Genetics company welcomes Swisse CEO as a board member following $10m funding round


Having led myDNA’s $10m Series A funding round, the CEO of vitamin brand Swisse Wellness Radek Sali has joined the board of the Melbourne-based consumer health venture.

myDNA CEO Dr Lior Rauchberger told Dynamic Business that the company’s latest capital raise, which follows a $4.5m seed round in 2015, demonstrates the “market is ready for genetic science to be brought to consumer health in Australia”.

“It also demonstrates that myDNA, with its highly credentialed, scientific genesis, has the backing to deliver this nationally,” he said.  “We’re sending a message that anyone should be able to access the answers about their body, which a simple DNA test can provide – from the best diet to which medications will work, to how to exercise for the best results. To this end, we’ll be investing our Series A funding in technology, global growth and product expansion, with exponential growth in the number of DNA findings available to consumers planned for the coming 24 months.”

Dr Rauchberger said Sali’s decision to back myDNA, through his investment firm Light Warrior Group, “signals the huge positive impact genetics can make on the future of Australian healthcare – improving efficiency, reducing wasted time and effort, and delivering better outcomes”. He continued, “As well as the support of Light Warrior Group, which is known for investing in companies that create positive socioeconomic outcomes, we’re fortunate that to have welcomed other investors with our Series A funding round – their involvement being smaller, yet instrumental to the growth of myDNA.”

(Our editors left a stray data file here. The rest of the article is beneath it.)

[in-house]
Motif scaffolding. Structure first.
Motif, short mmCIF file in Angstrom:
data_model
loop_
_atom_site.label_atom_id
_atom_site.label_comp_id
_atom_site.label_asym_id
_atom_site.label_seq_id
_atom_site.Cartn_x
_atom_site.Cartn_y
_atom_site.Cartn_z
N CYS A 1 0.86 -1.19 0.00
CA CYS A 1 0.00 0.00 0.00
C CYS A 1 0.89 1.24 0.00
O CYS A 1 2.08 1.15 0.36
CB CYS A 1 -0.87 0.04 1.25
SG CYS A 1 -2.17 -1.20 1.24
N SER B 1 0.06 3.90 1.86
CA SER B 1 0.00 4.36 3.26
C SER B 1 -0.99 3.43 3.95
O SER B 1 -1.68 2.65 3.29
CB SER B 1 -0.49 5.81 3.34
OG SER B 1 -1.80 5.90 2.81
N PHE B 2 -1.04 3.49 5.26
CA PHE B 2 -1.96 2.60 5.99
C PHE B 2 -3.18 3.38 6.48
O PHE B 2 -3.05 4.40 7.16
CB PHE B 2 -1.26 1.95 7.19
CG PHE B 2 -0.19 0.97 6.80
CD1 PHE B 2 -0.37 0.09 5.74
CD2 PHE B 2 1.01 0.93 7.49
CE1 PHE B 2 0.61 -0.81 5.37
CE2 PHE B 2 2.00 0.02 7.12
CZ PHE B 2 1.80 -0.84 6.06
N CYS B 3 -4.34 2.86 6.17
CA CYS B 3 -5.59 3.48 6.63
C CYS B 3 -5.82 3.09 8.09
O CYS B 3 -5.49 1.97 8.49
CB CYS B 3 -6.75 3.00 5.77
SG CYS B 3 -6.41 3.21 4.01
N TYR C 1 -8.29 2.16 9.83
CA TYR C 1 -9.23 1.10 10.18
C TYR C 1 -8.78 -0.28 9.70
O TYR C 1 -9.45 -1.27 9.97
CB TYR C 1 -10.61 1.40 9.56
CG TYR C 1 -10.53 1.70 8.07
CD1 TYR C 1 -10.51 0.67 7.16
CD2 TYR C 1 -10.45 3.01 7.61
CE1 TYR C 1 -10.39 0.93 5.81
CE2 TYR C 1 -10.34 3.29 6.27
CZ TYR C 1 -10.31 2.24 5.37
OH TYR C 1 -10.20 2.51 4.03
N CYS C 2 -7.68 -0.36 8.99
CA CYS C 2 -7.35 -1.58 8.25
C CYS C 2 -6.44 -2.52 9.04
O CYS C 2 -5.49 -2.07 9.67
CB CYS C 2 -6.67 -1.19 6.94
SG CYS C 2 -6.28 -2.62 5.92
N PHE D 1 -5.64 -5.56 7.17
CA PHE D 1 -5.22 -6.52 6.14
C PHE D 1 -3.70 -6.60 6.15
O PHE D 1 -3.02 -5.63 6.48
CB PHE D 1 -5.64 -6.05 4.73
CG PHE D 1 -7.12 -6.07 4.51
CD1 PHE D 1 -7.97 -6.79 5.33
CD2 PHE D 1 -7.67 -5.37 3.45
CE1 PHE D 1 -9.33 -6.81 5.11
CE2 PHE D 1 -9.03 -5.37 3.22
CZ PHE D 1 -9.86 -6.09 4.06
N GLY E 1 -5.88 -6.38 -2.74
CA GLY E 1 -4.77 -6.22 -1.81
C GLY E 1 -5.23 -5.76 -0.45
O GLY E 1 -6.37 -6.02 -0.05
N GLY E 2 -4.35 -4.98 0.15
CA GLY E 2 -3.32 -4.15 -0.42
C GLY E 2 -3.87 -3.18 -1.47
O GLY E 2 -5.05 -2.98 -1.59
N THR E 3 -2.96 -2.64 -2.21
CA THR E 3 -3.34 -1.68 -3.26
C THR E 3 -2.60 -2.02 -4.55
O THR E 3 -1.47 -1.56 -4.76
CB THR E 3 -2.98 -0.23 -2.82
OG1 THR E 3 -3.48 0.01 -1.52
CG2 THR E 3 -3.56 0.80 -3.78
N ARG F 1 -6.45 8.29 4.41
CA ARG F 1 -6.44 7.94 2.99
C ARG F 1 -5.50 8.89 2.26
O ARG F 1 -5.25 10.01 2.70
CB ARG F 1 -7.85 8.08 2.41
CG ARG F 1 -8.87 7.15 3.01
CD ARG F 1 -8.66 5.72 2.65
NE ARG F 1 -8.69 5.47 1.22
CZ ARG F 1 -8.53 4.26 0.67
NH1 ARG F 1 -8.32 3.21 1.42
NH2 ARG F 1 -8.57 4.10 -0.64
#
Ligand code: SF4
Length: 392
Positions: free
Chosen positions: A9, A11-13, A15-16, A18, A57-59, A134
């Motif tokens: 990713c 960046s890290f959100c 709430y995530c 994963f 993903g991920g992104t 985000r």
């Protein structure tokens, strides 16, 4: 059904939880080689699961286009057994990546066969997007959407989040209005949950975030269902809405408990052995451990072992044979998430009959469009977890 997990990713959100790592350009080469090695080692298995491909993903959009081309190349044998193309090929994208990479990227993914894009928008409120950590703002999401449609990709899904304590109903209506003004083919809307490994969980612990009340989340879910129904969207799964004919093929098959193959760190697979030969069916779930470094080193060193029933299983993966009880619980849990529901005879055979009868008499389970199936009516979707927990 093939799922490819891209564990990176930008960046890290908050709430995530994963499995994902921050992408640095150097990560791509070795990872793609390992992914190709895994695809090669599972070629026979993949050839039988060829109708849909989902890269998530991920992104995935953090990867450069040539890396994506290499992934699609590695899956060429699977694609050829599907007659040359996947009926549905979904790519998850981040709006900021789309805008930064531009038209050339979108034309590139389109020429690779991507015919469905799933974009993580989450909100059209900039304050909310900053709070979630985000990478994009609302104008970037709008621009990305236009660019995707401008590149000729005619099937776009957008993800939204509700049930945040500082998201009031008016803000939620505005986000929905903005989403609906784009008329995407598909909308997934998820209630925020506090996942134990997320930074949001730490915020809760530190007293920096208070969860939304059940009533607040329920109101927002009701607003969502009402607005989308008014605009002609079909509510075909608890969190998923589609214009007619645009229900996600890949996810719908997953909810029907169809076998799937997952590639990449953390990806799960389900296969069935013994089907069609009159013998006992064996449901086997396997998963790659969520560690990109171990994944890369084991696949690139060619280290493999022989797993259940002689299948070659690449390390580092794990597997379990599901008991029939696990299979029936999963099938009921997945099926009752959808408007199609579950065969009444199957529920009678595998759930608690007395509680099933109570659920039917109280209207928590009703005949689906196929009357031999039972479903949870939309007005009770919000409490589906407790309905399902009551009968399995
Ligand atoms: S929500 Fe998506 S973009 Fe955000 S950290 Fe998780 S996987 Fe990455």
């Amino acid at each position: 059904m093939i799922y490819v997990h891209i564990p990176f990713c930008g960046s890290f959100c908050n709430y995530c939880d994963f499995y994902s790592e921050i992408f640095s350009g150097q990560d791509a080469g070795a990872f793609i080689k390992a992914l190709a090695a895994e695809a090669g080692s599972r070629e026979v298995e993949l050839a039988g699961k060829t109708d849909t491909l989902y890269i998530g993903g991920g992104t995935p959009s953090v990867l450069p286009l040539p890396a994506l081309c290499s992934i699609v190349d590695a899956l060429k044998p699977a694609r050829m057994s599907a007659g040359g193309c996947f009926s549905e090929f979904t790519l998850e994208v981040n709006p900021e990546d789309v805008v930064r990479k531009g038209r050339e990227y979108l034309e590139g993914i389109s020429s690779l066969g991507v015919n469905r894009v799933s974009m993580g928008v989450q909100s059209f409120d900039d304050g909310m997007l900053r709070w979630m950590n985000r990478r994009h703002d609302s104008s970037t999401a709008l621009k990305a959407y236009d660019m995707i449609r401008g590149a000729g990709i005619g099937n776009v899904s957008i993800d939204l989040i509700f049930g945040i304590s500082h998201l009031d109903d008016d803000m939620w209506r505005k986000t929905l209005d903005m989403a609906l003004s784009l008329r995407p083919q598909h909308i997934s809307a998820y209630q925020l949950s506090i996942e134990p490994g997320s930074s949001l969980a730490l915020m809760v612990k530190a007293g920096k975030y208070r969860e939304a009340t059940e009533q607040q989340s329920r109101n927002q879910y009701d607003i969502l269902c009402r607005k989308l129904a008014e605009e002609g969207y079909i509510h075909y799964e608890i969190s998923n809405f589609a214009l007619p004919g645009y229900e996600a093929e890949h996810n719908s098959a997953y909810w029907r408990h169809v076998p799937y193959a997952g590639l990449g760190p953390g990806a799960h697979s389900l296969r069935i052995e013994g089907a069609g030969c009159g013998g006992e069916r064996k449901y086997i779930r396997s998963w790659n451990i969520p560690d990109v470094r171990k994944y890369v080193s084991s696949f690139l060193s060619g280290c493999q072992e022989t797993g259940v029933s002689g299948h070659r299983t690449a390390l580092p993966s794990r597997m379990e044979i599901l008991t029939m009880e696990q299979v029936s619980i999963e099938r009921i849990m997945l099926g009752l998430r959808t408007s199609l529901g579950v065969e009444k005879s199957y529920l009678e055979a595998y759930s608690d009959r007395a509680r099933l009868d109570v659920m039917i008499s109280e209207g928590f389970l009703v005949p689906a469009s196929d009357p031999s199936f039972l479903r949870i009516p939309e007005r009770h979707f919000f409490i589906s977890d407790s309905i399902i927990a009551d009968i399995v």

Asked to account for myDNA’s success to date, Dr Rauchberger credited the company’s “investment in expert science and best technologies”, its “commitment to making genetics accessible to improve everyday health outcomes”, the make-up of its team and the vision of its founder, Associate Professor Les Sheffield.

“Since the 1980s, Les – a pioneer in the field of genetics – has been at the forefront of research into pharmacogenomics,” he said. “He was among the first to see the potential to improve treatment outcomes by taking into account the way a person metabolises drugs. After many years of research, in 2007 he started myDNA (previously known as GenesFX) and began offering genetic testing with clinical interpretation, so that medications and dosages would be prescribed, based on an individual’s genetic profile, rather than trial and error.

“Today, our team combines pharmacologists with molecular and clinical geneticists, as well as nutritionists and doctors. They work together to provide expert answers, based on genetics and to explain what this means, to individuals and to their healthcare professional.”


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